THE WARRIOR WOLF.
A YOUNG Wolf said aloud To the listening crowd, "I may well of my father's great courage be proud; Wherever he came, Flock, shepherd, or dame, All trembled and fled at the sound of his name. Did anyone spy My papa coming by— Two hundred or more—Oh! he made them all fly! One day, by a blow, He was conquered, I know; But no wonder at last he should yield to a foe: He yielded, poor fellow! The conquering bellow Resounds in my ears as my poor father's knell—Oh!" A Fox then replied, While, leering aside, He laughed at his folly and vapouring pride: "My chattering youth, Your nonsense, forsooth, Is more like a funeral sermon than truth. Let history tell How your old father fell; And see if the narrative sounds as well. Your folly surpasses, Of monkeys all classes; The beasts which he frightened, or conquered, were asses, Except a few sheep, When the shepherd, asleep, The dog by his side for safety did keep. Your father fell back, Knocked down by a whack From the very first bull that he dared to attack. Away he'd have scoured, But soon overpowered, He lived like a thief, and he died like a coward."
THE BELLY AND THE MEMBERS.
In former days, when the Belly and the other parts of the body enjoyed the faculty of speech, and had separate views and designs of their own; each part, it seems, in particular, for himself, and in the name of the whole, took exception at the conduct of the Belly, and were resolved to grant him supplies no longer.
They said they thought it very hard that he should lead an idle, good-for-nothing life, spending and squandering away upon his own vile appetites all the fruits of their labour; and that, in short, they were resolved for the future to strike off his allowance, and let him shift for himself as well as he could.
The hands protested they would not lift a finger to keep him from starving; and the mouth wished he might never speak again if he took in the least bit of nourishment for him as long as he lived; and the teeth said, "May we be rotten if ever we chew a morsel for him for the future!" This solemn league and covenant was kept so long, until each of the rebel members pined away to the skin and bone, and could hold out no longer. Then they found there was no doing without the Belly, and that, as idle and insignificant as he seemed, he contributed as much to the maintenance and welfare of all the other parts as they did to his.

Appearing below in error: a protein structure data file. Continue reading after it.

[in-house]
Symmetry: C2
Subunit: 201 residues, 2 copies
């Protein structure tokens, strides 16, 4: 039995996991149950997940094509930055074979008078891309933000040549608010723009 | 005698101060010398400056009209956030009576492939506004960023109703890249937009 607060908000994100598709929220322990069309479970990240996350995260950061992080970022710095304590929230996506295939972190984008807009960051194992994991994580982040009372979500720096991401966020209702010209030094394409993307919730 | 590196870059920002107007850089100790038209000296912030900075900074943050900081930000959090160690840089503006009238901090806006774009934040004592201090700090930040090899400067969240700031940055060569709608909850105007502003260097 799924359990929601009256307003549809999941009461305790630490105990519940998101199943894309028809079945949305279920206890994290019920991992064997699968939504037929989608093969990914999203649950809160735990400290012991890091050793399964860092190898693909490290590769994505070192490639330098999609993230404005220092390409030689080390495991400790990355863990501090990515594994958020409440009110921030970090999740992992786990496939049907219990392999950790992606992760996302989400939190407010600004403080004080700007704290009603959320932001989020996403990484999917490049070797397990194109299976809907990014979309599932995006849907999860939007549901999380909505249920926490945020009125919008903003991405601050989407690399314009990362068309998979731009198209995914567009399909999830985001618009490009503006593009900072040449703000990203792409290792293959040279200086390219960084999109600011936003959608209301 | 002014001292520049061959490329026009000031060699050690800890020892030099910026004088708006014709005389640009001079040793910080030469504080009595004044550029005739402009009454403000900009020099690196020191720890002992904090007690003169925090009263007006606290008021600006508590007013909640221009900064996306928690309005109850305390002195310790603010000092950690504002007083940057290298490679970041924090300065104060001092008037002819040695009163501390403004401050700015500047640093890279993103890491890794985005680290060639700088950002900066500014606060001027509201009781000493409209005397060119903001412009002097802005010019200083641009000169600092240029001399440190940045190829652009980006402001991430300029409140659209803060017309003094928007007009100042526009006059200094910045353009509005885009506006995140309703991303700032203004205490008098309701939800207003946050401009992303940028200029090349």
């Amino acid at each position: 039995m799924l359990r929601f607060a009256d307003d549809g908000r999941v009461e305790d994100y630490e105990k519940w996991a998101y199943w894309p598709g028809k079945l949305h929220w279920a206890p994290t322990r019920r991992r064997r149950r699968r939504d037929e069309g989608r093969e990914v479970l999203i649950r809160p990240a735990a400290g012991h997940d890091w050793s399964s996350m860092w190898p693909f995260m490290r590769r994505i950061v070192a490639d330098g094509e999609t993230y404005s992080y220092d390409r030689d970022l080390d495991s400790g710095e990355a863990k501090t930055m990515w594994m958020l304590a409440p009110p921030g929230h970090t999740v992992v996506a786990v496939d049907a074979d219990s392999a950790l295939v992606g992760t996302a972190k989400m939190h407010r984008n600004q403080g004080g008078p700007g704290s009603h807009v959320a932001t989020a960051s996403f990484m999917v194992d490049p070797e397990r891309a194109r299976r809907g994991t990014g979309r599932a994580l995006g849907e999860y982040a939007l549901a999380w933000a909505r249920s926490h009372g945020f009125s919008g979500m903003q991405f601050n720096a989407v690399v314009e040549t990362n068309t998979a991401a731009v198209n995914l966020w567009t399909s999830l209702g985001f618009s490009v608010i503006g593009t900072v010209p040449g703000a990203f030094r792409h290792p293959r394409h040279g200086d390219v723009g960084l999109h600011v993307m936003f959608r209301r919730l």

Men are dependent upon their fellow-creatures, and it is foolish to expect we can do without the help of others.
THE CUR, THE HORSE, AND THE SHEPHERD'S DOG.
A VILLAGE Cur, of snappish race, The pertest puppy in the place, Imagined that his treble throat Was blessed with music's sweetest note; In the mid road he basking lay, The yelping nuisance of the way; For not a creature passed along, But had a sample of his song.
Soon as the trotting steed he hears, He starts, he cocks his dapper ears; Away he scours, assaults his hoof; Now near him snarls, now barks aloof; With shrill impertinence attends; Nor leaves him till the village ends.
It chanced, upon his evil day, A Pad came pacing down the way; The Cur, with never-ceasing tongue, Upon the passing traveller sprung. The Horse, from scorn provoked to ire, Flung backward; rolling in the mire, The Puppy howled, and bleeding lay; The Pad in peace pursued his way.
A Shepherd's Dog, who saw the deed, Detesting the vexatious breed, Bespoke him thus: "When coxcombs prate, They kindle wrath, contempt, or hate; Thy teasing tongue, had judgment tied, Thou hadst not like a Puppy died."
Too late the forward youth will find That jokes are sometimes paid in kind; Or, if they canker in the breast, He makes a foe who makes a jest.
THE JACKDAW AND THE EAGLE.
An Eagle flew down from the top of a high rock, and settled upon the back of a lamb, and then, instantly flying up into the air again, bore his bleating prize aloft in his talons. A Jackdaw, who sat upon an elm, and beheld his exploit, resolved to imitate it. So, flying upon the back of a ram, and entangling his claws in the wool, he fell a-chattering and attempting to fly; by which means he drew the observation of the shepherd upon him, who, finding his feet hampered in the fleece of the ram, easily took him, and gave him to his boys for their sport and diversion, saying, "The silly bird thought he was an Eagle; but, no doubt, by this time he has found out he is but a Jackdaw."
A false estimate of our own abilities ever exposes us to ridicule, and often to danger.
THE ASS AND THE LION HUNTING.
The Lion took a fancy to hunt in company with the Ass; and, to make him the more useful, gave him instructions to hide himself in a thicket, and then to bray in the most frightful manner that he could possibly contrive. "By this means," says he, "you will rouse all the beasts within hearing of you, while I stand at the outlets and take them as they are making off." This was done; and the stratagem took effect accordingly. The Ass brayed most hideously, and the timorous beasts, not knowing what to make of it, began to scour off as fast as they could; when the Lion, who was posted at a convenient place, seized and devoured them as he pleased.
Having got his belly full, he called out to the Ass, and bid him leave off braying, as he had had enough. Upon this the lop-eared brute came out of his ambush, and, approaching the Lion, asked him, with an air of conceit, "how he liked his performance." "Prodigiously," says he; "you did it so well, that I protest, had I not known your nature and temper, I might have been frightened myself."